The rivalry between Xbox and PlayStation fans has been brewing for over a decade and the two sides are still going strong. Microsoft and Sony have developed newer and more powerful versions of their iconic platforms over 3 console generations, and it can be safely said that both of the gaming machines have come a long way in terms of graphics, controls and the overall gaming experience.
The Xbox One & PlayStation 4 both released in November 2013, but how do the two compare lately? Join us as we compare the cost, hardware, games, and controllers.
The latest and most capable version of the Xbox One is the Xbox One X, and it goes for about $500. You can pick up older versions of the console that play all the same games for about $200 or less. When you pay for the latest model, you’re getting better graphics, more memory, and faster load times.
The Xbox Live Gold Subscription that gives gamers access to additional entertainment services like Netflix and online gaming can cost you an additional $60 per year.
The most recent version of the PlayStation 4 Pro, the console’s latest version, goes for around $400. Older versions with less memory and processing power go for around $200.
the additional service feature for the Play Station 4, called “Play Station Plus” is considerably inexpensive with a cost of only $50 per year. However, is only needed for multiplayer, online saves, and a few free games here and there.
What’s admirable about the controllers from both consoles is the fact that they haven’t lost the essence or feel of their predecessors. The Dual Shock 4 controller for PlayStation 4 doesn’t feel too unfamiliar to the gamer that has jumped right across from PlayStation 1, but it still has its upgrades.
The Dual Shock 4 controller is wireless and rechargeable too! But unless you get a separate rechargeable-version controller for Xbox One, you’ll still need a couple of AA batteries for it. The Xbox One controller does exceed the Dual Shock 4 controller when it comes to battery life, however.
Microsoft has made some admirable upgrades to the Xbox One controller. There are rumble motors integrated into the triggers for a more engaging and interactive feedback, unlike the DualShock 4. This feature is particularly fun for playing all kinds of racing games, and makes a fair point in the Xbox vs PS4 controller debate. Additionally, the Xbox One controller has also changed its sloppy D-pad from the X box 360 controller into a more ergonomic and clickable D-pad, one of the most noticeable changes. The Dual Shock 4 controllers also feel much lighter in weight compared to the Xbox One controller, so PC gamers that like to feel a little more weight to their controllers usually go for the Xbox One controller.
The boring old black colors on both controllers, however, had been an inescapable fate for gamers who wanted a little more variety in their gaming weaponry. Thankfully, now there are a number of diverse custom controllers available for both, Xbox One and PlayStation 4. These custom controllers have all kinds of patterns, designs and tattoos on the controller’s shell to make for a more decorated and intimidating controllers, so gamers don’t have to use the same old default controllers anymore.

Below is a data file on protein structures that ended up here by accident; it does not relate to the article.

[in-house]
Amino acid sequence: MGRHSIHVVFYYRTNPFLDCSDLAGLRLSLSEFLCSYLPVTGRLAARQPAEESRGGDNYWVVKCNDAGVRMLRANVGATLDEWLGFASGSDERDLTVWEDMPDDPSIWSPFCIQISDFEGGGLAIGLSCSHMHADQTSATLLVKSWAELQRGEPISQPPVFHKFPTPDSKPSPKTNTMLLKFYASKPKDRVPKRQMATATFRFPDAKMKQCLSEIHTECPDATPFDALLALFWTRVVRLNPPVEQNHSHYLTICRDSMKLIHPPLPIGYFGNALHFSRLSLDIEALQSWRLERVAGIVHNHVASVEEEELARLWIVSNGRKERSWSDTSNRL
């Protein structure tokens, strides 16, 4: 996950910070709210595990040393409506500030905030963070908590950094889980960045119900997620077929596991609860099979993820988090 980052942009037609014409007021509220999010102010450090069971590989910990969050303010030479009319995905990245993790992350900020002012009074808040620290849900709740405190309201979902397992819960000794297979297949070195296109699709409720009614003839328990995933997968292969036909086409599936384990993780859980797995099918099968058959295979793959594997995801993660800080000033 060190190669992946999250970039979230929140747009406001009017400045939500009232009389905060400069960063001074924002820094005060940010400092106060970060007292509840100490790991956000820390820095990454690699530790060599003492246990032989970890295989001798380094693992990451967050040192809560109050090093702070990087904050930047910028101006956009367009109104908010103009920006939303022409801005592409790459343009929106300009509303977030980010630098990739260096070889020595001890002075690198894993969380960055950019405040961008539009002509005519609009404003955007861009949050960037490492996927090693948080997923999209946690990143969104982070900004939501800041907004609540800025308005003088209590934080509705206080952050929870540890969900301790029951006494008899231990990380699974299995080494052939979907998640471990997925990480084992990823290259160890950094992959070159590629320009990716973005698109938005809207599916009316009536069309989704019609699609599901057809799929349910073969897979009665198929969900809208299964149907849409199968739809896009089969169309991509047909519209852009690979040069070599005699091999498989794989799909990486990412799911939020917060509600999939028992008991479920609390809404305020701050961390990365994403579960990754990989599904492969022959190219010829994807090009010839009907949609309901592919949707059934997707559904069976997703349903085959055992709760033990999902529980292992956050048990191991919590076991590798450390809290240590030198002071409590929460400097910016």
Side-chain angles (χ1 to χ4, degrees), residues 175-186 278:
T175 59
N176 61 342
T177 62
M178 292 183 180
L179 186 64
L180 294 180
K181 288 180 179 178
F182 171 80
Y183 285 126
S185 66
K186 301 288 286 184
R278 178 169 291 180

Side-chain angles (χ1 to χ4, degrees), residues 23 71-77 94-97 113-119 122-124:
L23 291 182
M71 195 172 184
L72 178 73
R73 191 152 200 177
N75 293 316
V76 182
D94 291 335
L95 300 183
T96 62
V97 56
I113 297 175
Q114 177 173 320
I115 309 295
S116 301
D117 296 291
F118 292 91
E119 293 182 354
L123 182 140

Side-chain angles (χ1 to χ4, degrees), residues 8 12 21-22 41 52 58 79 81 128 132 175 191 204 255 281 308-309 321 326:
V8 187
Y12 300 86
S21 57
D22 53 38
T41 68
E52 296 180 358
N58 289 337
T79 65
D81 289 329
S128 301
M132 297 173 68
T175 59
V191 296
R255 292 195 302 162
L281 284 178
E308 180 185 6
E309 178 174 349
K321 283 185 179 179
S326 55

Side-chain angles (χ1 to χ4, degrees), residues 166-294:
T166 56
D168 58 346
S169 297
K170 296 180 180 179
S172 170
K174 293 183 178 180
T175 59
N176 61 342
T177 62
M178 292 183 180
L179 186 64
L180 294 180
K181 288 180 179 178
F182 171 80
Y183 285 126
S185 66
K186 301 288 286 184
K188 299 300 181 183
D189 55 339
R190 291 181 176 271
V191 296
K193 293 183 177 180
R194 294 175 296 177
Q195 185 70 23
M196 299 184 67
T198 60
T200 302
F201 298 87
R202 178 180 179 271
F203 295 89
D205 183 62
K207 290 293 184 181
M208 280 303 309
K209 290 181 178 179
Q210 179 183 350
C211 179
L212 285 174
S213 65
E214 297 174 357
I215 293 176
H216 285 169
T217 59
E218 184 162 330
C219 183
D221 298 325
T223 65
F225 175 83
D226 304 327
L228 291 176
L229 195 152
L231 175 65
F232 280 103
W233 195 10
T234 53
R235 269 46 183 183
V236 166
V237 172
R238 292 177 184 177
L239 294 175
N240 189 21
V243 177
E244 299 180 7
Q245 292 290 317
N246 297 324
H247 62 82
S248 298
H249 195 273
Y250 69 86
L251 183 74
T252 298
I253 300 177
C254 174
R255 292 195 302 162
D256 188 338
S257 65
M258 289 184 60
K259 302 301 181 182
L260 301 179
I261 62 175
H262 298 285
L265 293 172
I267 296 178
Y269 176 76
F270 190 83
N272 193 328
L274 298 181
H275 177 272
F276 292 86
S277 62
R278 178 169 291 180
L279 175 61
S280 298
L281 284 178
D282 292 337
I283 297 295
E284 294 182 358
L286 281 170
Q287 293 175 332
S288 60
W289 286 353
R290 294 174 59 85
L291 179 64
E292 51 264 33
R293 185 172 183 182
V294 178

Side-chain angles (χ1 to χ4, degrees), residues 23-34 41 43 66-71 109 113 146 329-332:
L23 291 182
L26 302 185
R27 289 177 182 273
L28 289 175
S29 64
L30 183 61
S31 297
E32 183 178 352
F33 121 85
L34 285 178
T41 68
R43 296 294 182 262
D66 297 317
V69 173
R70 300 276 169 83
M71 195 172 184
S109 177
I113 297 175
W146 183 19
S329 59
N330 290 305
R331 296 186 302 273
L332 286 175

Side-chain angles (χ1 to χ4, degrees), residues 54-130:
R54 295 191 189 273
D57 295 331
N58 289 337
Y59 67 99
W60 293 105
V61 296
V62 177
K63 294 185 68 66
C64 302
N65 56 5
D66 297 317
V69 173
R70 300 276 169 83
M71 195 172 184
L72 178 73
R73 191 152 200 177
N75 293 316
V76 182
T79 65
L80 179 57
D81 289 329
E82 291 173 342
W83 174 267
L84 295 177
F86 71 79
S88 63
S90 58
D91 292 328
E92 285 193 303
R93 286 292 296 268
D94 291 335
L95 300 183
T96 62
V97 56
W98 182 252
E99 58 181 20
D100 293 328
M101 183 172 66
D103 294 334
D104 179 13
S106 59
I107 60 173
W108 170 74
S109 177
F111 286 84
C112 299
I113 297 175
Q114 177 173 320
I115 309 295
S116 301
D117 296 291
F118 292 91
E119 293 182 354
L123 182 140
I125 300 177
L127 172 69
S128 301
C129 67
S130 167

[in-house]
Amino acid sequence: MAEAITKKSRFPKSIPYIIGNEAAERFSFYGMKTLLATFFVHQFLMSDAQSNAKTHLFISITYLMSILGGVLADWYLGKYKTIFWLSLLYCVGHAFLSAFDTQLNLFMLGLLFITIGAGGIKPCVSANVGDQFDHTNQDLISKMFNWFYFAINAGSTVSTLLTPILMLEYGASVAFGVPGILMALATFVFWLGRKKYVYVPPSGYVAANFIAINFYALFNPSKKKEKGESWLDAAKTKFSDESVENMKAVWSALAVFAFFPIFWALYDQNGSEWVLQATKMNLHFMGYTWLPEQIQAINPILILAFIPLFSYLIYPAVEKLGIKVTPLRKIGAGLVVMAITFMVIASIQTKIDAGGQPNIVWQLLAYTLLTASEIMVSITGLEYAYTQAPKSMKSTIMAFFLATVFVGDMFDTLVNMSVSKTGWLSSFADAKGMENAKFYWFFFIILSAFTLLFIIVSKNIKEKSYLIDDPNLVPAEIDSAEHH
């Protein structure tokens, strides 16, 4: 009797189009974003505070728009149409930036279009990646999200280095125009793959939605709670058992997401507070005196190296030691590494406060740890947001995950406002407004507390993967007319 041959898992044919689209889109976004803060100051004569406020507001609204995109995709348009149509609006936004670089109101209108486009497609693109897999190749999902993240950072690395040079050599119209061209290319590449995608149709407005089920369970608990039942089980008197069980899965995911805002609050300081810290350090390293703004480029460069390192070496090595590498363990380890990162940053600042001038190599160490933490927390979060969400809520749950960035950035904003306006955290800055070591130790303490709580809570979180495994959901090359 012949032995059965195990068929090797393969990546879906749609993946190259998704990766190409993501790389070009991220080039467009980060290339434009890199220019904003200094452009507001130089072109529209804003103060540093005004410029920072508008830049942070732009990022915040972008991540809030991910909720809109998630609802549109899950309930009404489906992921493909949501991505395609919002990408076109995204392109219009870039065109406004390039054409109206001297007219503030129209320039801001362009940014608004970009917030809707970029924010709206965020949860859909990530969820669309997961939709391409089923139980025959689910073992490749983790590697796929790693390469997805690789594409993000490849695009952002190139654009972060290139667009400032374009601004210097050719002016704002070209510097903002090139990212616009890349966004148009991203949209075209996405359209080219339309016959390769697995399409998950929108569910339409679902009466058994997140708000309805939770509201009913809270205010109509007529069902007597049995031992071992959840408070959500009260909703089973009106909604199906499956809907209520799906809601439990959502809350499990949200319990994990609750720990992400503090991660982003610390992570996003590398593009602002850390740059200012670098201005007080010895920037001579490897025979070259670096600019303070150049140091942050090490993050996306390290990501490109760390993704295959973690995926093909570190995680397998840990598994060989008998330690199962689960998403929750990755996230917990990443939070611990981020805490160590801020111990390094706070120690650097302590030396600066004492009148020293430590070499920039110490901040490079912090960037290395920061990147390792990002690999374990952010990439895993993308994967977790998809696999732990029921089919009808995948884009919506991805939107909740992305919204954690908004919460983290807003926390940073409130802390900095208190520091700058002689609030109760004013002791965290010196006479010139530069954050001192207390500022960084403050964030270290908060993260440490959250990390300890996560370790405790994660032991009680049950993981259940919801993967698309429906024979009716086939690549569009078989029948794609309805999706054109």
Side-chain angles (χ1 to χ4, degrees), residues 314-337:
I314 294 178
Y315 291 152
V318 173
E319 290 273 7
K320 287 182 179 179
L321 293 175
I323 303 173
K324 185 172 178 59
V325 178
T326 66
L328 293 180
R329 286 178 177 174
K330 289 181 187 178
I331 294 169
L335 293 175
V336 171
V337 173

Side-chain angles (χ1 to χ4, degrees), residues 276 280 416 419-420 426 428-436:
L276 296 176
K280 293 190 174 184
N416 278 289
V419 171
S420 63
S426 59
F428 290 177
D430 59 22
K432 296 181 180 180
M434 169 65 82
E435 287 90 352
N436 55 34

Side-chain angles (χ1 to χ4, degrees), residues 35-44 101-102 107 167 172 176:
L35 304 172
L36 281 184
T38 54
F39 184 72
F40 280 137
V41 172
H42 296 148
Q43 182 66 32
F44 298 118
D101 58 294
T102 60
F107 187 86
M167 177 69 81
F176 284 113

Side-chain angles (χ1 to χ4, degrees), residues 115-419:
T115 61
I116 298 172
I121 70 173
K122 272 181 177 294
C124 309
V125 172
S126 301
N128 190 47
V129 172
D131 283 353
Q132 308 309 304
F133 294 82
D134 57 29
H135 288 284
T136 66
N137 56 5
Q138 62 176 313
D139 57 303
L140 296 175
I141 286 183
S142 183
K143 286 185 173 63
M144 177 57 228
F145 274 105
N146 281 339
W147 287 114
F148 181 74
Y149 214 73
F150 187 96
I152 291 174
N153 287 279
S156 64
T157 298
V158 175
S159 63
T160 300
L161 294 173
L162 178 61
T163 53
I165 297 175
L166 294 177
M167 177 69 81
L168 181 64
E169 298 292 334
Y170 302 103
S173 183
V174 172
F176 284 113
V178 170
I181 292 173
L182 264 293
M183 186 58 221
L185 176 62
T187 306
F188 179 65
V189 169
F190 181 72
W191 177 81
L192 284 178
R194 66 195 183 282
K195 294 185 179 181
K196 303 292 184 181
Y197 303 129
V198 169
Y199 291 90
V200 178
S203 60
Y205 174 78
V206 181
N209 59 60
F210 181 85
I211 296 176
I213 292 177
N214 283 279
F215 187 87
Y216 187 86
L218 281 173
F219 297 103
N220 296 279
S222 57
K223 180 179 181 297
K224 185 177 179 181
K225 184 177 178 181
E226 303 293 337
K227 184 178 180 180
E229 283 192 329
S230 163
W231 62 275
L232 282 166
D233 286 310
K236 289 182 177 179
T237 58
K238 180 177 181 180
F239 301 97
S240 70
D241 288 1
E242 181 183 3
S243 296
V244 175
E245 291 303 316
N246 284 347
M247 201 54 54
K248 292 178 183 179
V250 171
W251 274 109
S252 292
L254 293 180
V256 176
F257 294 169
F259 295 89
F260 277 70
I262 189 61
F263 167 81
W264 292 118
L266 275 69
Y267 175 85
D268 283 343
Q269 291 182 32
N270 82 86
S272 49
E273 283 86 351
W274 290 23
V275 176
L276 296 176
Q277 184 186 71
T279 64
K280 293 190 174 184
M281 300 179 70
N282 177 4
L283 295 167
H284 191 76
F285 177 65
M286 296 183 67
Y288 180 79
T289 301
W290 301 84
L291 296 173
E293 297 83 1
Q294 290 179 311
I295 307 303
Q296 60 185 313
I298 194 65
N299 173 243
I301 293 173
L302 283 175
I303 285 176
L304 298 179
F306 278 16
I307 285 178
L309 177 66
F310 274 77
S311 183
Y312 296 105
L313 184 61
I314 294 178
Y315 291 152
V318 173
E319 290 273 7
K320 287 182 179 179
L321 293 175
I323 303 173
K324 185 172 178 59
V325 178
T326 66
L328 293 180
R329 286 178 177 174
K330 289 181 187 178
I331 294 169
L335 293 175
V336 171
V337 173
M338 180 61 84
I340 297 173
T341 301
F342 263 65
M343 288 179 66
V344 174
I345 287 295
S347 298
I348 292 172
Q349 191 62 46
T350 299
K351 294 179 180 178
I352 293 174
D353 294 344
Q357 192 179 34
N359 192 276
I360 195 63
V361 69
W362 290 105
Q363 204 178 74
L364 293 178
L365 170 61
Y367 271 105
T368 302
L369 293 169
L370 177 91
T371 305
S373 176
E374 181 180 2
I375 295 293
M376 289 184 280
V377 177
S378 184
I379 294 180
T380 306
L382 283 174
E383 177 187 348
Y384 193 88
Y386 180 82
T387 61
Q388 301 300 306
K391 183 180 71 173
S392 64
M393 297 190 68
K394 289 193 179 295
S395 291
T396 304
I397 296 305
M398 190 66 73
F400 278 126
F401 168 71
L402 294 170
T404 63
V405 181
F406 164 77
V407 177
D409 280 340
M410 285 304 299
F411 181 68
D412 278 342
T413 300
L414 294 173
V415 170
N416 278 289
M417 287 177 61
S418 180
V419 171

The power of a console ultimately comes down to the quality of the hardware it operates on. We’ve narrowed down the key differences between the original and most recent iterations of both consoles for a fair comparison.
Let’s break it down to simple terms: Think of the central processing unit (CPU) and random access memory (RAM) of a console as the core of it’s processing power. This is what a machine relies on most for loading new areas of a game world quickly and powering the game’s physics. The graphics processing unit (GPU), on the other hand, is for rending the world in high resolution.
The PS4 Pro and Xbox One X both represent significant advancements of their predecessors and each support gaming at 4k resolutions. But the Xbox One X has objectively better specs.
|Main Processor||CPU: 1.75GHz 8-core AMD custom “Jaguar”|
|GPU: 1.31 TFLOPS, AMD Radeon™ based graphics engine|
|Xbox One X|
|Main Processor||CPU: 2.3GHz 8-core AMD custom “Jaguar”|
|GPU: 6.00 TFLOPS, AMD Radeon™ based graphics engine|
|Main Processor||CPU: 1.6GHz 8-core AMD custom “Jaguar”|
|GPU: 1.84 TFLOPS, AMD Radeon™ based graphics engine|
|Main Processor CPU:||2.1GHz 8-core AMD custom “Jaguar|
|GPU: 4.20 TFLOPS, AMD Radeon™ based graphics engine|
It doesn’t matter how powerful a console is if it doesn’t support the games you want to play. Neither console launched with backward compatibility like their predecessors had. That made it more of an easy choice for owners of a library of Xbox 360 or PS3 games to jump ship to a new console for the new generation. The Xbox One has since begun supporting a limited list of backward compatible titles from Xbox 360 and the original Xbox.
Looking to current gen and the future, both platforms have a solid lineup of exclusive titles all their own. It looks like PlayStation might still be winning out in the Xbox One vs PS4 debate when it comes to games, though.
PS4 seems to have a slightly more prestigious collection of exclusives to flaunt, with titles and series like Uncharted, God of War, Final Fantasy, Infamous, The Last of Us, and Horizon Zero Dawn.
But don’t feel too left out if you’re committed to Xbox One, because PS4-only players won’t get to play series like Halo, Gears of War, PUBG, Sea of Thieves, and Titanfall.
Will the console wars be over anytime soon? Fat chance. But in the meantime, the winners in the war of Xbox vs PlayStation are the players. Microsoft, Sony, and even Nintendo need to know they’re competing for an audience with high standards and expectations. Let ‘em know every chance you get that if they want your business, they better bring their “A” game.